Here's how you can spot and ignore fake news online

Illustration/Ravi Jadhav
Illustration/Ravi Jadhav

We live in a post-truth world and it is chock-full of fake news. You might have seen the term floating around on the Internet, read about how Facebook is trying to counter its spread, and even experienced it - remember that WhatsApp hoax about Baba Ramdev's death on a highway that went viral? Or the video clip of author Arundhati Roy - uploaded on a fake news website - where she is allegedly speaking about the tension in Kashmir, which several, including MP Paresh Rawal, believed to be true? But how do you separate the news from the chaff? mid-day lets you in on the canard of fake news and what you can do to spot and ignore it.

What is fake news?
Donald Trump calls every story he doesn't like 'fake news'. But is that the identifying qualifier for fake news? No; simply put, fake news is spreading incorrect information as a fact and a happening. Broadly, fake news is manufactured lies, with exaggerated and manipulated facts that are spread by tapping into extreme opinions, running on passionate beliefs held by people. However, websites like The Onion and Faking News are not to be confused for fake news as they are purely satirical. Fake news websites, on the other hand, aren't satirical.

Pizzagate
The conspiracy theory is about former US Secretary of State Hillary Clinton running a child sex racket in a pizzeria. It began in September 2016 on online forums such as 4Chan and Reddit. One spirited believer stormed into the pizzeria with a rifle for a 'closer look' at the alleged happenings.

Nope endorsement
A website called WTOE 5 originally published this story, which was later picked up by a famous fake news site 'Ending the Fed,' claiming Pope Francis had endorsed then US Presidential candidate Donald Trump. However, Pope Francis had said in October 2016 he does not speak about electoral campaigns.

Chip on Rs 2k note
Even before the Prime Minister announced the arrival of the new Rs 2,000 note in his demonetisation speech last November, rumors were abound about the new notes being embedded with a nano-chip, which can be tracked even when it is 120 meters underground and is 'black money-proof'. The Reserve Bank of India dismissed this as 'figments of imagination' and said that such a technology does not exist anywhere in the world, and surely not in the new notes.

Outraging over Roy
Lok Sabha MP Paresh Rawal tweeted a link from a FB page called 'The Nationalist', which said, '70 lakh Indian Army cannot defeat Azadi gang in Kashmir: Arundhati Roy gives statement to Pakistani newspaper!' He said, 'Instead of tying stone pelter on the army jeep tie Arundhati Roy!' The piece was first published on fake news website 'postcard.news'. Roy later clarified to 'The Wire' that the story is 'crap' and she hadn't visited Srinagar recently or given any statement on Kashmir.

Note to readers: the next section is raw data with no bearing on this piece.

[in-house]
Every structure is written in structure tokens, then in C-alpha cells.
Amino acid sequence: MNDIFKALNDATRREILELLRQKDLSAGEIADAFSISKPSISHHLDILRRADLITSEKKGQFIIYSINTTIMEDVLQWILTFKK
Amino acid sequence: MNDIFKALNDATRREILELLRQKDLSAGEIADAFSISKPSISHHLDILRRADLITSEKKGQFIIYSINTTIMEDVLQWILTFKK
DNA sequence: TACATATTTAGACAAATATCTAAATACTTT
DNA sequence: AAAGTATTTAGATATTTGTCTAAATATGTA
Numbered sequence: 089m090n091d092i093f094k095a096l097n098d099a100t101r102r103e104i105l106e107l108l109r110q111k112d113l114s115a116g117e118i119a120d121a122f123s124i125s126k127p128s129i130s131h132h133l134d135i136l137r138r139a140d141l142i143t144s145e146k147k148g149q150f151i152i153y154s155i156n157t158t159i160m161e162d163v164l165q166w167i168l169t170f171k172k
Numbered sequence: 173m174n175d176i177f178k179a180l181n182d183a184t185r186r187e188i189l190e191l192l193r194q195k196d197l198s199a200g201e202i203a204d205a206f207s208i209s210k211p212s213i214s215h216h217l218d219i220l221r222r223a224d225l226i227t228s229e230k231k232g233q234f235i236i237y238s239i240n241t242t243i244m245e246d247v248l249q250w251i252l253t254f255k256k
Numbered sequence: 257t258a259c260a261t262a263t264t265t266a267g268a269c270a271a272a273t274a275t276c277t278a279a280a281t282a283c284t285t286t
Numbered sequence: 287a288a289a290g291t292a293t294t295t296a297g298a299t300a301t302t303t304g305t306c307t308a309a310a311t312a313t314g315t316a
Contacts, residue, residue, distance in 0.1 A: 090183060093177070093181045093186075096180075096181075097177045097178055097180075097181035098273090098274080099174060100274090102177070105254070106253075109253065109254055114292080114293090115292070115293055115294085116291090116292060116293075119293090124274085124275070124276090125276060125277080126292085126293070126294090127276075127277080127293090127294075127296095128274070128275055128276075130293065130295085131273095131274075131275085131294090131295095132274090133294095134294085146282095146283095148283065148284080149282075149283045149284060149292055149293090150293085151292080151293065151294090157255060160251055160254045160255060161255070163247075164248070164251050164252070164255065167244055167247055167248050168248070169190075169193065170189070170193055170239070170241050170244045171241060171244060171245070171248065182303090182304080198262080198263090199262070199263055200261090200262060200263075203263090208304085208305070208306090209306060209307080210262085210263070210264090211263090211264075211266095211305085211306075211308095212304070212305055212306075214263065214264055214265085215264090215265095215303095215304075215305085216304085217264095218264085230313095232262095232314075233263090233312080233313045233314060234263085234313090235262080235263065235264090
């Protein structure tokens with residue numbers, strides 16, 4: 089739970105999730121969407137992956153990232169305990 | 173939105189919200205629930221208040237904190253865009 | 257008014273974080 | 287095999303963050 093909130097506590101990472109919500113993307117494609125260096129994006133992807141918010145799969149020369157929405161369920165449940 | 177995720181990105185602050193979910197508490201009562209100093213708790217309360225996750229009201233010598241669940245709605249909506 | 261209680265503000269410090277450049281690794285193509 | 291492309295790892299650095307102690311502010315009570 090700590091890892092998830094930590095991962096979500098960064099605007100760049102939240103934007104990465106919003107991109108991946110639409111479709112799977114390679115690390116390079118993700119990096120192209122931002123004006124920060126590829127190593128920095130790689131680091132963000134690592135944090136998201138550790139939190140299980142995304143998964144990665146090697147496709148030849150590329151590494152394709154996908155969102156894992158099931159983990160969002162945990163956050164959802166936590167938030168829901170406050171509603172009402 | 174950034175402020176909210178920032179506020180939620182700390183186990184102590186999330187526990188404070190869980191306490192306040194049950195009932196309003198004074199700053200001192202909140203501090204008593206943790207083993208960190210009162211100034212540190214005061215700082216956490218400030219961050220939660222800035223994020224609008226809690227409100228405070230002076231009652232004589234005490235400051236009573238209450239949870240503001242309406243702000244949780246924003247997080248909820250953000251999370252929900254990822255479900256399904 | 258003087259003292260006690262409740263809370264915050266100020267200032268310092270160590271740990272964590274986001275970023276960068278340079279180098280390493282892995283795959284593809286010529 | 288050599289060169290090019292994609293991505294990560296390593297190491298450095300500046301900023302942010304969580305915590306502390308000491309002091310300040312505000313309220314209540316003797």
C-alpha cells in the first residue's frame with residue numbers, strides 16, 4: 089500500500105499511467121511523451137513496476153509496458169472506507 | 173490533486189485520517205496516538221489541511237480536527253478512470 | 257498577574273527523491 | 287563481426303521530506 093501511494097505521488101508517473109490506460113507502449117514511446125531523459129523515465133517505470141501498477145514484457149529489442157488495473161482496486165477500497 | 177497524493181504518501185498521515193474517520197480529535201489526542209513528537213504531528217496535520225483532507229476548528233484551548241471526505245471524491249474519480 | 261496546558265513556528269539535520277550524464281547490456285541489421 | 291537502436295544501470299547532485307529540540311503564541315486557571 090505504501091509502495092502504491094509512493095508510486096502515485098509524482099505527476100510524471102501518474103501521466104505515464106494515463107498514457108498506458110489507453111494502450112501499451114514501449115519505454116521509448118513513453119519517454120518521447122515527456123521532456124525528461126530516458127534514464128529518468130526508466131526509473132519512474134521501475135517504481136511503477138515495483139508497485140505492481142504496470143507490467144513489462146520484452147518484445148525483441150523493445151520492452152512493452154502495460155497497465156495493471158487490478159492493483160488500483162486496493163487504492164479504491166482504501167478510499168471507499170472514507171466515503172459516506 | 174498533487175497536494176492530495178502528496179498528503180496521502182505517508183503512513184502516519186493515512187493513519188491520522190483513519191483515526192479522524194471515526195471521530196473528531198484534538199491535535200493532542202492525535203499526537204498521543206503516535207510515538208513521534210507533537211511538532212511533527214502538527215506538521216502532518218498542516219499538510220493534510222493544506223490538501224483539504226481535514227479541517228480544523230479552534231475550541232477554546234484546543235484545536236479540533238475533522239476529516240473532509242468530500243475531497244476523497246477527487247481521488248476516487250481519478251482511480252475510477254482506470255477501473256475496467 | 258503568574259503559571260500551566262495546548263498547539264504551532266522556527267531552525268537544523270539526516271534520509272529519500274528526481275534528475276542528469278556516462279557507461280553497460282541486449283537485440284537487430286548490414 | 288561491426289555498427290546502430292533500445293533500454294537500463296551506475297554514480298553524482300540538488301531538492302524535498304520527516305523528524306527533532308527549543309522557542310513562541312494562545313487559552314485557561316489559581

Fake news slayers


Australia-based Brett Christensen has been running the site hoax-slayer.net since 2003

Online hoaxes now include all of social media and have earned the moniker of fake news. How dangerous is this shift? 
One of the most dangerous aspects of this shift is that a social media-driven hoax can spread more rapidly and reach a great many more people than an older, email-driven hoax...via social media, a hoax can spread across the world in hours rather than days. 

How should people be better informed media consumers?
If people just got into the habit of verifying information before they shared it, fake news would become a trickle rather than a flood. I think it is also important that people try to look past their own political or religious bias when analysing a message.


Ahmedabad-based software engineer Pratik Sinha is founder of altnews.in, an anti-propaganda site

How vicious and real can fake news get when steered by propaganda?
We already saw with the Jharkhand [lynching] incident what fake news can do. It can end up in people getting killed. As for the Arundhati Roy incident, when the MP tweeted that [fake news] article, it reached a lot of people and validated it.

What can the public do to hold parliamentary representatives, or the govt as a whole, account-able if they spread fake news?
The only thing one can do is raise their voice on social media, and document these instances on websites. If these instances are documented, it rattles them.


City businessman Pankaj Jain started smhoaxslayer.com, which mainly busts WhatsApp hoaxes

What do you think about India's growing fake news menace?
It is a menace that has spread vastly over the past one year. WhatsApp used to be a space where people shared jokes, but now, they share fake news.

What should be done to curtail the spread of fake news?
People should take it upon themselves to not circulate fake news. If a newspaper is giving out information, it can be trusted, because it is coming from a trusted news source. WhatsApp is, ultimately, just a platform, like other social media sites.

Don't fall for the click bait
The International Federation of Library Associations and Institutions made this handy guide to spot fake news.

Consider the source
Click away from the story to see the site, its mission and contact info.

Read beyond
Headlines can be outrageous for getting clicks. What's the whole story?

Check the author
Do a quick search on the author. Are they credible? Are they real?

Supporting sources
Click on links within the story to see if its sources support it.

Check the date
Reposting old stories doesn't mean they're relevant to current events.

Is it a joke?
If it is too outlandish, it might be satire. Research the site and author to be sure.

Check your biases
Consider if your own beliefs could be affecting your judgement.

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